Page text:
Virginia could soon push more workers to save for retirement. Here’s how:

Virginia could soon push more workers to save for retirement. Here’s how:
House Budget Chairman Luke Torian, D-Prince William, speaks on the floor of the House of Delegates in 2020. (Source: Ned Oliver/Virginia Mercury)

Thousands of Virginia workers would gain the option of automatically putting away part of their paychecks for retirement under legislation the General Assembly passed last month to help private-sector employees who lack access to a savings plan through their employer.

The bill, awaiting action by Gov. Ralph Northam, establishes a state-administered program that would offer IRA accounts to workers with no other retirement plan options, particularly employees of small businesses, self-employed people and gig workers.

The accounts would be optional, but workers would be enrolled by default and would have to opt-out if they want to keep their whole paycheck. The plans would be portable, meaning workers could keep putting money into the same account even if they switch jobs.

Covered businesses would have to help interested workers participate in the program, mainly by setting up their accounting systems to allow payroll deductions to be made, but they wouldn’t have to contribute funds of their own.

The program, scheduled to take effect no sooner than 2023, would be run by the Virginia College Savings Plan’s governing board, a group of finance and investment professionals that already administers plans meant to help families build savings for higher education expenses.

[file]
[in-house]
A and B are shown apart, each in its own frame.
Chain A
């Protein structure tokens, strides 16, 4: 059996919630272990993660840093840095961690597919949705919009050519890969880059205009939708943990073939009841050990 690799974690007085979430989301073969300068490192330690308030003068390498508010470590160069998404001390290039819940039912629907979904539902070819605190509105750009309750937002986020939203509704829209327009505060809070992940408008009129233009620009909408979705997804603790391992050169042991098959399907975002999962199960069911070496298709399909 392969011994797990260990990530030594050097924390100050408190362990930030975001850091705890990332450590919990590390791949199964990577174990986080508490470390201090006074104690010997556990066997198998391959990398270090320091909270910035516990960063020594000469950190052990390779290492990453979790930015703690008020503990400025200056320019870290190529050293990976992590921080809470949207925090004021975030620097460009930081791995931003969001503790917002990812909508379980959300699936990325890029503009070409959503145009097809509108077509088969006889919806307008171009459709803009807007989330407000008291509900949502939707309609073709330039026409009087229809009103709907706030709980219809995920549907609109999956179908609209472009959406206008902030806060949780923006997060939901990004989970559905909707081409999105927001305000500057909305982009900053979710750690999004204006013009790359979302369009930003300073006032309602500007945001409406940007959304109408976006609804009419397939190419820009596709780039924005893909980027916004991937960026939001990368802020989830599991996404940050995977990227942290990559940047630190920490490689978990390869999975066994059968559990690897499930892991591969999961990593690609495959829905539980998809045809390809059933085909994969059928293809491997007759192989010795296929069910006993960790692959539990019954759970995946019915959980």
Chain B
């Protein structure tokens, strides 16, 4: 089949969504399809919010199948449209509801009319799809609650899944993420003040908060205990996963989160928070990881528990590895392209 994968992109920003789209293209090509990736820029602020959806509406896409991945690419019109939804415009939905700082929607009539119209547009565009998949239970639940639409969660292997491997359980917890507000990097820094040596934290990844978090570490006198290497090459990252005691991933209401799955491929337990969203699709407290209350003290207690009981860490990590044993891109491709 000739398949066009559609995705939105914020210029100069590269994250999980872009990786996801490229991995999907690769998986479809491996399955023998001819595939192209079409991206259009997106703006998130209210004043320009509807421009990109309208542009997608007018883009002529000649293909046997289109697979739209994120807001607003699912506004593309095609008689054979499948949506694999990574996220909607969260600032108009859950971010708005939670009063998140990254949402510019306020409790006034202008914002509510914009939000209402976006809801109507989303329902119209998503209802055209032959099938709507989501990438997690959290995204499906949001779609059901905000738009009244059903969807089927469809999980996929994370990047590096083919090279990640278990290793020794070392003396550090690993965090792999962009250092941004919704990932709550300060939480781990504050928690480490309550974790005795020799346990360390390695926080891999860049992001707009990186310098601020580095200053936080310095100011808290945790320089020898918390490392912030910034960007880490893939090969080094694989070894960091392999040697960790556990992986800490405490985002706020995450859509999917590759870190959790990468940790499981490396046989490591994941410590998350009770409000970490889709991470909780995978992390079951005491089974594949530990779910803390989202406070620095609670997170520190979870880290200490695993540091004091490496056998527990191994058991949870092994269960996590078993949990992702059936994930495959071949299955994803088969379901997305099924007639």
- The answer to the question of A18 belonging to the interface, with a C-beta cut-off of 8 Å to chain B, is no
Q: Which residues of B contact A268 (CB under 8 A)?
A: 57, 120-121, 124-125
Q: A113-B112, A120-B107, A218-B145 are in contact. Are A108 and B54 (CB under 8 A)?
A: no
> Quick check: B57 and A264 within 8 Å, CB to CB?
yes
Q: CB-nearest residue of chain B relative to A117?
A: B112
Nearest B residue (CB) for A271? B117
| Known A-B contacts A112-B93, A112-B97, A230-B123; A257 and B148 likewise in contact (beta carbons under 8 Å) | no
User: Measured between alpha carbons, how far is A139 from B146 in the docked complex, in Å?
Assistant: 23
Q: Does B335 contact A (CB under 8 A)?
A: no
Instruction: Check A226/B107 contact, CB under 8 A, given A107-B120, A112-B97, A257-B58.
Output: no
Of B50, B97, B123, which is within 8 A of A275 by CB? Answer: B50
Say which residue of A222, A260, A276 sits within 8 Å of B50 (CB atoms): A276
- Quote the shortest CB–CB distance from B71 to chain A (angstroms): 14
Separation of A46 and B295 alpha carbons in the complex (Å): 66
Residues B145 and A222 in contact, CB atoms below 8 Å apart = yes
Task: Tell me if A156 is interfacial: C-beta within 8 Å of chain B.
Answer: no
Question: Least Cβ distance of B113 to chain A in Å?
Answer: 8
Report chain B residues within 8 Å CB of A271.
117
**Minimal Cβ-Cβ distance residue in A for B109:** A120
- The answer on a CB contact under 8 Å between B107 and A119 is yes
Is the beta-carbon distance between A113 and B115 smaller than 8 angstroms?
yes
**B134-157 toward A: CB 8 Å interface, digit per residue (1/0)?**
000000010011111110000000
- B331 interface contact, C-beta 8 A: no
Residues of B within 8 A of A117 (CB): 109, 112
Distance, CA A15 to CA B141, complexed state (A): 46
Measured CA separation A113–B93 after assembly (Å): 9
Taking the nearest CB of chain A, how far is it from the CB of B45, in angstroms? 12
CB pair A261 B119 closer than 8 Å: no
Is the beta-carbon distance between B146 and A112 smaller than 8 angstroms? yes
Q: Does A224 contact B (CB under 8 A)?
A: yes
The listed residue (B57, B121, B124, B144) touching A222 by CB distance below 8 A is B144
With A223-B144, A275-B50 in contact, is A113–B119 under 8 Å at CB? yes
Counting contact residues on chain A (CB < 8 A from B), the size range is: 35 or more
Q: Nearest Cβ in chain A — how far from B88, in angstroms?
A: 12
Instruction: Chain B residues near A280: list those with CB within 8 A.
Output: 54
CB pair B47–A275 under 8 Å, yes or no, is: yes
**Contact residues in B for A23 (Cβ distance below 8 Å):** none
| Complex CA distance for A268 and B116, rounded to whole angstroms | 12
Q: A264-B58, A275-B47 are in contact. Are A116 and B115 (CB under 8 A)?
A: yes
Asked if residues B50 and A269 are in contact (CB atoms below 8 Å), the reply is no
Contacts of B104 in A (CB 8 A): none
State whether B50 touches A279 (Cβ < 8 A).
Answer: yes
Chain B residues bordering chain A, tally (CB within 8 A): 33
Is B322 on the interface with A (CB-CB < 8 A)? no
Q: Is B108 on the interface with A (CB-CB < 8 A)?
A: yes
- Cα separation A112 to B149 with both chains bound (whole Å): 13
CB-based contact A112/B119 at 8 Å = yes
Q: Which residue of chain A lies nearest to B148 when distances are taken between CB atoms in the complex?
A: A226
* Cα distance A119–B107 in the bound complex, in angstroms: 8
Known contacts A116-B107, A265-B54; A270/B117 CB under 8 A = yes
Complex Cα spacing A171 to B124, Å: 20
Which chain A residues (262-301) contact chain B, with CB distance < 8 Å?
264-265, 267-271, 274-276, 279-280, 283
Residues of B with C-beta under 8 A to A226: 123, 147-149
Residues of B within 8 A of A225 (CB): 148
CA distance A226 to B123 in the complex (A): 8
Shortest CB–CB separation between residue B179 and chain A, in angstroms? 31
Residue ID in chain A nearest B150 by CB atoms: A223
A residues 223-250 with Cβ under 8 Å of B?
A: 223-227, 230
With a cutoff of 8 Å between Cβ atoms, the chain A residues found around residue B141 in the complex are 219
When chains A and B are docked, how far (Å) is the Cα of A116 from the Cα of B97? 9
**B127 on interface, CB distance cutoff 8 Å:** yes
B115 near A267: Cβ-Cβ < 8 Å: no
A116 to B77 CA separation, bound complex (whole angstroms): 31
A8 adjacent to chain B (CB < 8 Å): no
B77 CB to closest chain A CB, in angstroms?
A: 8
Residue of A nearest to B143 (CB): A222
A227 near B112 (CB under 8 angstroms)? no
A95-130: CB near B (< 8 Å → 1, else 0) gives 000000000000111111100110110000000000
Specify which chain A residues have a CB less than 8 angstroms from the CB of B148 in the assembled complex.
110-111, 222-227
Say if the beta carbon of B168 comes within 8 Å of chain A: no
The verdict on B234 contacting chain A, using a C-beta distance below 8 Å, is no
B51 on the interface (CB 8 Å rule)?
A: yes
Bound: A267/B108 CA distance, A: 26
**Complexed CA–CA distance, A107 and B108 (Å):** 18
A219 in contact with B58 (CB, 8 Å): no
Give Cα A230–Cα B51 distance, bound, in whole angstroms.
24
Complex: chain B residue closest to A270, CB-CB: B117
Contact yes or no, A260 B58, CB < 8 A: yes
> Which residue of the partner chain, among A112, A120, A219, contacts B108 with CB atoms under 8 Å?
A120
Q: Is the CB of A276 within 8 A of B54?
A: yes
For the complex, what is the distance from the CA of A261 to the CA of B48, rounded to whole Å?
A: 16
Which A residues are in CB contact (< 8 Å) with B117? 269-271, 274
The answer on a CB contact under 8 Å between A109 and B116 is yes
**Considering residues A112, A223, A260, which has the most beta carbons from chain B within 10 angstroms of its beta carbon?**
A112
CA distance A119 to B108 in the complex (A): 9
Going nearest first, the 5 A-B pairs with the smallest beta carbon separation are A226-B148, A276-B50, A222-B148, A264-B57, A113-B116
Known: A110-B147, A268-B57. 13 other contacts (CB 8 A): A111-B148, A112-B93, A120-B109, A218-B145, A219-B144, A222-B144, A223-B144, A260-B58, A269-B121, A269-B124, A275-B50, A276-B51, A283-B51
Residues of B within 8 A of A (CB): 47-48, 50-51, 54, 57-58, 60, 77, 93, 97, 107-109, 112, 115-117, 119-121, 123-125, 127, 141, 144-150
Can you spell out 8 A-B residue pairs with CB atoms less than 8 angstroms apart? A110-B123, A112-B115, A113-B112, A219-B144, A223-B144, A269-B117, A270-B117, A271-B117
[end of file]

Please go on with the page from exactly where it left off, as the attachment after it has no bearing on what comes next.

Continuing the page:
Though the Democratic-led General Assembly sent the bill to the governor’s desk, they did so amid sharp disagreement over its scope, with the state Senate insisting on restrictions that proponents of the bill say could make hundreds of thousands of workers ineligible.

The Senate changes would make the program mandatory only for businesses with 25 or more full-time workers. The version approved by the House of Delegates would have applied to businesses with five or more employees, including part-time workers.

“Although I am very displeased with the restrictions, accepting this compromise is necessary to move forward with this important legislation,” Del. Luke Torian, D-Prince William, who has championed the idea for years, said near the session’s end as he encouraged the House to accept the Senate’s proposals.

Though legislators seemed open to debate over how big a business should have to be before having to participate, at least one Democratic senator said including part-time workers was a non-starter.

The Virginia Mercury is a new, nonpartisan, nonprofit news organization covering Virginia government and policy.